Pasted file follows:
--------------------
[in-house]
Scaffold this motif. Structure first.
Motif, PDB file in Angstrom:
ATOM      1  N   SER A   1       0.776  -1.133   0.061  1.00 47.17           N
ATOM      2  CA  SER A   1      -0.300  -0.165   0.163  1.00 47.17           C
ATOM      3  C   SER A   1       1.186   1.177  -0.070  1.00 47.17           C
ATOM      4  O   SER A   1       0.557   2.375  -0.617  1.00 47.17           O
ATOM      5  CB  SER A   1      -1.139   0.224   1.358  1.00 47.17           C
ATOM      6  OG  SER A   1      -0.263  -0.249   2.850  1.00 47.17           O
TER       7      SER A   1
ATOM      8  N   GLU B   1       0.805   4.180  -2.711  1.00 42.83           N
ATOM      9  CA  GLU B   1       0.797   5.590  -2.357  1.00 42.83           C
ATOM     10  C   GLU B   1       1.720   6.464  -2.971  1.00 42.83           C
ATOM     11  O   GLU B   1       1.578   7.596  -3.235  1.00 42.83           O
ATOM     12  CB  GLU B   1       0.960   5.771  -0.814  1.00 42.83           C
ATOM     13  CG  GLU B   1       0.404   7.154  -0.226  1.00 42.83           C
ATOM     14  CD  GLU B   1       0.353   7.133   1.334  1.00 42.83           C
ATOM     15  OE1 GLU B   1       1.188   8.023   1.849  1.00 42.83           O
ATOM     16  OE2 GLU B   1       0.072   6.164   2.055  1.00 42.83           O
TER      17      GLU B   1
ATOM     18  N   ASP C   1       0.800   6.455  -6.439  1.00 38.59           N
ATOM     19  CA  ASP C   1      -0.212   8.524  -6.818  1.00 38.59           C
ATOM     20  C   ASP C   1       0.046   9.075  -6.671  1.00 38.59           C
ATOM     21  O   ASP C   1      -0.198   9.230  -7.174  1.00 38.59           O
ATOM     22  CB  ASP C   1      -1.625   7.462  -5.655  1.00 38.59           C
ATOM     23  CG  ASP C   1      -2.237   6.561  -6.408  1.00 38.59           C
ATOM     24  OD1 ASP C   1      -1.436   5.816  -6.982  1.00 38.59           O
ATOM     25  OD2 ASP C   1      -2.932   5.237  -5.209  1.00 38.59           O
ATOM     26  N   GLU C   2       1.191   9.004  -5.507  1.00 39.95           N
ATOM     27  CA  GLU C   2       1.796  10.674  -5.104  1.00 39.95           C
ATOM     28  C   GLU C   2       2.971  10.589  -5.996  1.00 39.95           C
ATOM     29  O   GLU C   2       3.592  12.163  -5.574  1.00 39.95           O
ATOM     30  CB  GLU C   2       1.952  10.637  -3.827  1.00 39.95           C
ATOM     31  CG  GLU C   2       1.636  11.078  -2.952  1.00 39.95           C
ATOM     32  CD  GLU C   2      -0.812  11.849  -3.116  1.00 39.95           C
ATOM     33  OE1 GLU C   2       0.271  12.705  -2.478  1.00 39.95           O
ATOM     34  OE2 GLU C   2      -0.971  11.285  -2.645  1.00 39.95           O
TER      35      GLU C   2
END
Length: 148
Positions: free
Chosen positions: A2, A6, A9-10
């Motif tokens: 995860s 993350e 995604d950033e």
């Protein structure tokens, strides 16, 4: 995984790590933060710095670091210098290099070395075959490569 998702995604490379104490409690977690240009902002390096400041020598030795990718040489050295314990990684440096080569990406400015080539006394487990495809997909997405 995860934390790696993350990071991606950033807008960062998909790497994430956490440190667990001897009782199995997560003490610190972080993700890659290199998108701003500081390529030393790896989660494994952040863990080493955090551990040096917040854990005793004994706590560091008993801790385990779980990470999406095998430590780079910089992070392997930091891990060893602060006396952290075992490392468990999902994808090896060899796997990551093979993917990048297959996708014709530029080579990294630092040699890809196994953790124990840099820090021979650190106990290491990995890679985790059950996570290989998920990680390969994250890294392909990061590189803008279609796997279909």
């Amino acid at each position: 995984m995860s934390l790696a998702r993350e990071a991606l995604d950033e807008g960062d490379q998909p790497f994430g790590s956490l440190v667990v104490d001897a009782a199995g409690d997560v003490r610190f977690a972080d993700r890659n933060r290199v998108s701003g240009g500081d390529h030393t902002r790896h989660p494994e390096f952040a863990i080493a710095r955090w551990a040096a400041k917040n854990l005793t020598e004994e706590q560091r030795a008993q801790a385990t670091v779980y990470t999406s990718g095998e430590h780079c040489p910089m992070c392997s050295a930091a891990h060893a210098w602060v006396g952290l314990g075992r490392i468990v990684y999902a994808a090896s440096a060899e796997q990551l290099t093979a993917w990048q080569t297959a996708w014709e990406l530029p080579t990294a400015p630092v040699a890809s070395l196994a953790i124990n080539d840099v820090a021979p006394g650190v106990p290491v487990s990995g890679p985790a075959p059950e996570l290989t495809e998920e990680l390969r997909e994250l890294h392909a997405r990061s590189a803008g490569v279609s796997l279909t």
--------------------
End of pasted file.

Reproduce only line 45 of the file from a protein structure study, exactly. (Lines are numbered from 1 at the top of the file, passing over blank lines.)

């Amino acid at each position: 995984m995860s934390l790696a998702r993350e990071a991606l995604d950033e807008g960062d490379q998909p790497f994430g790590s956490l440190v667990v104490d001897a009782a199995g409690d997560v003490r610190f977690a972080d993700r890659n933060r290199v998108s701003g240009g500081d390529h030393t902002r790896h989660p494994e390096f952040a863990i080493a710095r955090w551990a040096a400041k917040n854990l005793t020598e004994e706590q560091r030795a008993q801790a385990t670091v779980y990470t999406s990718g095998e430590h780079c040489p910089m992070c392997s050295a930091a891990h060893a210098w602060v006396g952290l314990g075992r490392i468990v990684y999902a994808a090896s440096a060899e796997q990551l290099t093979a993917w990048q080569t297959a996708w014709e990406l530029p080579t990294a400015p630092v040699a890809s070395l196994a953790i124990n080539d840099v820090a021979p006394g650190v106990p290491v487990s990995g890679p985790a075959p059950e996570l290989t495809e998920e990680l390969r997909e994250l890294h392909a997405r990061s590189a803008g490569v279609s796997l279909t």